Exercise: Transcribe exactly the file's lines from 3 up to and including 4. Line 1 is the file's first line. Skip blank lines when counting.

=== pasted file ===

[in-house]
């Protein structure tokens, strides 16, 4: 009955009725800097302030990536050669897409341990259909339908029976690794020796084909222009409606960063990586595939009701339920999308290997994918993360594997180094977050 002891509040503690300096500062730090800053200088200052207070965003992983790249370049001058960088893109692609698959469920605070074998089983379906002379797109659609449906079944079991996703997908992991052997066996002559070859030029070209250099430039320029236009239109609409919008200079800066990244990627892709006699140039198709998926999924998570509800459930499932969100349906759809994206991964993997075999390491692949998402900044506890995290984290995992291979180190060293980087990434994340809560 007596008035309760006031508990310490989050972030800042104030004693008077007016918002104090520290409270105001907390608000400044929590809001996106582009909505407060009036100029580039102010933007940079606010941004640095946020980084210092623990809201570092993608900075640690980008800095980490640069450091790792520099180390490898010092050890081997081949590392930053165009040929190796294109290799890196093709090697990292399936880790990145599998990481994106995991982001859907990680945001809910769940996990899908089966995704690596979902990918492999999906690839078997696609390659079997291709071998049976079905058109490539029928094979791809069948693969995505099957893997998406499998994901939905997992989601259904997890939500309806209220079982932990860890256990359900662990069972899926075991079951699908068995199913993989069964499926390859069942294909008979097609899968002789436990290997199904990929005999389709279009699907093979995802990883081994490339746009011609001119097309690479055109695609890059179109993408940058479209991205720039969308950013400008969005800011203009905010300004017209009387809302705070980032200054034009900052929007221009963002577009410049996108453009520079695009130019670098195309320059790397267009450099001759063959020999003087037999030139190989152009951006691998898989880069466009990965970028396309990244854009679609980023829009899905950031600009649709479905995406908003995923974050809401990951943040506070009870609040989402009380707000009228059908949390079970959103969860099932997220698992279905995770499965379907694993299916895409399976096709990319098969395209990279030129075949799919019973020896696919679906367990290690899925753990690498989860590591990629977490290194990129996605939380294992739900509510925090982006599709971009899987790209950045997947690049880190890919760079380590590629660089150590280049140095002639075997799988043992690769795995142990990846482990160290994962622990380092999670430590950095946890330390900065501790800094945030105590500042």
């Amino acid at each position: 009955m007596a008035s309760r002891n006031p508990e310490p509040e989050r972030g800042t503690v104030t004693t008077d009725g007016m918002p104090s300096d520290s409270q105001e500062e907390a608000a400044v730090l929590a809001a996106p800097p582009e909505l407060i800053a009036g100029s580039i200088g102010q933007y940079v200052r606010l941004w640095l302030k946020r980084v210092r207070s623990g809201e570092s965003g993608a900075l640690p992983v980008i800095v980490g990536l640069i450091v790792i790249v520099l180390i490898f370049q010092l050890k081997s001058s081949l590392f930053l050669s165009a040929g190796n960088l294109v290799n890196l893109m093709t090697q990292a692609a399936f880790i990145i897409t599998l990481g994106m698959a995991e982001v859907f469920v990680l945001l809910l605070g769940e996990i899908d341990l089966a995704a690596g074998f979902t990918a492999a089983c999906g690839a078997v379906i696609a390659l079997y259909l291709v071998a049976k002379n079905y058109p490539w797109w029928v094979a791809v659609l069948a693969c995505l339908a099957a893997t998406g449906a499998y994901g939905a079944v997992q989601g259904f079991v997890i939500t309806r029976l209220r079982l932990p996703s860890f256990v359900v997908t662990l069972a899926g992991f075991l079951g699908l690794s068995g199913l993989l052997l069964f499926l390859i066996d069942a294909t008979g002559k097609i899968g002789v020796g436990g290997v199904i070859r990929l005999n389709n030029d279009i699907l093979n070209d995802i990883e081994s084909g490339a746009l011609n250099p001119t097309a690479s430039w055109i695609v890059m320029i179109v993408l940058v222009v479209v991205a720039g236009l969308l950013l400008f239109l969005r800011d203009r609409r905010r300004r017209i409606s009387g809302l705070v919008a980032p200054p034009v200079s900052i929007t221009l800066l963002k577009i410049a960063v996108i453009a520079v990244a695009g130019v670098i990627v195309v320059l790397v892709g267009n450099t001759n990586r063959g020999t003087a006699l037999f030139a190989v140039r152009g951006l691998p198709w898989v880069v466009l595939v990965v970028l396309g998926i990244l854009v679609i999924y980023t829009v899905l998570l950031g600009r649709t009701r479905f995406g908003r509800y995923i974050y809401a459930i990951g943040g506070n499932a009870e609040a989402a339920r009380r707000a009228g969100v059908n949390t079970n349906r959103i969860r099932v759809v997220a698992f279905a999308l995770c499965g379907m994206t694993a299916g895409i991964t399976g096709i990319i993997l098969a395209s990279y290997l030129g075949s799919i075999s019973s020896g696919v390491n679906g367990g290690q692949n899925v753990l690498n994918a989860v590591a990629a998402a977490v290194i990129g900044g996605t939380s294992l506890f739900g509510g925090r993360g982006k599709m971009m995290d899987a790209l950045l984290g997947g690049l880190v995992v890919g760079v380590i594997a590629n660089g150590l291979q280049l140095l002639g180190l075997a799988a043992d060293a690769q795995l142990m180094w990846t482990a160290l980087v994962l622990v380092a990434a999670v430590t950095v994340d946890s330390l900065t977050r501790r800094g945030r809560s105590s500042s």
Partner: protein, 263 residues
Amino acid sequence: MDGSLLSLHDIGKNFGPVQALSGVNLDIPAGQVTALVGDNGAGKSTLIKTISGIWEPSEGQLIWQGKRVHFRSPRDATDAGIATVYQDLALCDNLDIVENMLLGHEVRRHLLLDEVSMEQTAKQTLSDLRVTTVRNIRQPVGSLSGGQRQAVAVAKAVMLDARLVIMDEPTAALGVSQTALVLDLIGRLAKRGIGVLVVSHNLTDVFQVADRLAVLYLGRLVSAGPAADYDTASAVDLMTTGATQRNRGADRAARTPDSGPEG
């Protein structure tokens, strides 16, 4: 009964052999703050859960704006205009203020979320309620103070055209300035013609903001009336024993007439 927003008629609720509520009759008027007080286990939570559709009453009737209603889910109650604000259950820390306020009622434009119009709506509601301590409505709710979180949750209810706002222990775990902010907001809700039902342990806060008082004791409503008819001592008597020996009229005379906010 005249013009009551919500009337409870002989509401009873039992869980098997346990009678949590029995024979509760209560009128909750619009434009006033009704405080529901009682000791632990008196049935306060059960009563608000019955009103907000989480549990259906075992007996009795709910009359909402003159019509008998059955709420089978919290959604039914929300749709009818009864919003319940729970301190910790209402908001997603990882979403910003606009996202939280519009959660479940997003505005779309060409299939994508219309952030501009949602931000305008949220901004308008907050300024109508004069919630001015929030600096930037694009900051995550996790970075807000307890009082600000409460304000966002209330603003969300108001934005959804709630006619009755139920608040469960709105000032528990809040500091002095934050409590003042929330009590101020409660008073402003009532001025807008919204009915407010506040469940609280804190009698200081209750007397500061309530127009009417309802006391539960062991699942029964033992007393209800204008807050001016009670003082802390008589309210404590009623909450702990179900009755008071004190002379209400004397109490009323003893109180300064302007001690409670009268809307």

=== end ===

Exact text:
């Amino acid at each position: 009955m007596a008035s309760r002891n006031p508990e310490p509040e989050r972030g800042t503690v104030t004693t008077d009725g007016m918002p104090s300096d520290s409270q105001e500062e907390a608000a400044v730090l929590a809001a996106p800097p582009e909505l407060i800053a009036g100029s580039i200088g102010q933007y940079v200052r606010l941004w640095l302030k946020r980084v210092r207070s623990g809201e570092s965003g993608a900075l640690p992983v980008i800095v980490g990536l640069i450091v790792i790249v520099l180390i490898f370049q010092l050890k081997s001058s081949l590392f930053l050669s165009a040929g190796n960088l294109v290799n890196l893109m093709t090697q990292a692609a399936f880790i990145i897409t599998l990481g994106m698959a995991e982001v859907f469920v990680l945001l809910l605070g769940e996990i899908d341990l089966a995704a690596g074998f979902t990918a492999a089983c999906g690839a078997v379906i696609a390659l079997y259909l291709v071998a049976k002379n079905y058109p490539w797109w029928v094979a791809v659609l069948a693969c995505l339908a099957a893997t998406g449906a499998y994901g939905a079944v997992q989601g259904f079991v997890i939500t309806r029976l209220r079982l932990p996703s860890f256990v359900v997908t662990l069972a899926g992991f075991l079951g699908l690794s068995g199913l993989l052997l069964f499926l390859i066996d069942a294909t008979g002559k097609i899968g002789v020796g436990g290997v199904i070859r990929l005999n389709n030029d279009i699907l093979n070209d995802i990883e081994s084909g490339a746009l011609n250099p001119t097309a690479s430039w055109i695609v890059m320029i179109v993408l940058v222009v479209v991205a720039g236009l969308l950013l400008f239109l969005r800011d203009r609409r905010r300004r017209i409606s009387g809302l705070v919008a980032p200054p034009v200079s900052i929007t221009l800066l963002k577009i410049a960063v996108i453009a520079v990244a695009g130019v670098i990627v195309v320059l790397v892709g267009n450099t001759n990586r063959g020999t003087a006699l037999f030139a190989v140039r152009g951006l691998p198709w898989v880069v466009l595939v990965v970028l396309g998926i990244l854009v679609i999924y980023t829009v899905l998570l950031g600009r649709t009701r479905f995406g908003r509800y995923i974050y809401a459930i990951g943040g506070n499932a009870e609040a989402a339920r009380r707000a009228g969100v059908n949390t079970n349906r959103i969860r099932v759809v997220a698992f279905a999308l995770c499965g379907m994206t694993a299916g895409i991964t399976g096709i990319i993997l098969a395209s990279y290997l030129g075949s799919i075999s019973s020896g696919v390491n679906g367990g290690q692949n899925v753990l690498n994918a989860v590591a990629a998402a977490v290194i990129g900044g996605t939380s294992l506890f739900g509510g925090r993360g982006k599709m971009m995290d899987a790209l950045l984290g997947g690049l880190v995992v890919g760079v380590i594997a590629n660089g150590l291979q280049l140095l002639g180190l075997a799988a043992d060293a690769q795995l142990m180094w990846t482990a160290l980087v994962l622990v380092a990434a999670v430590t950095v994340d946890s330390l900065t977050r501790r800094g945030r809560s105590s500042s």
Partner: protein, 263 residues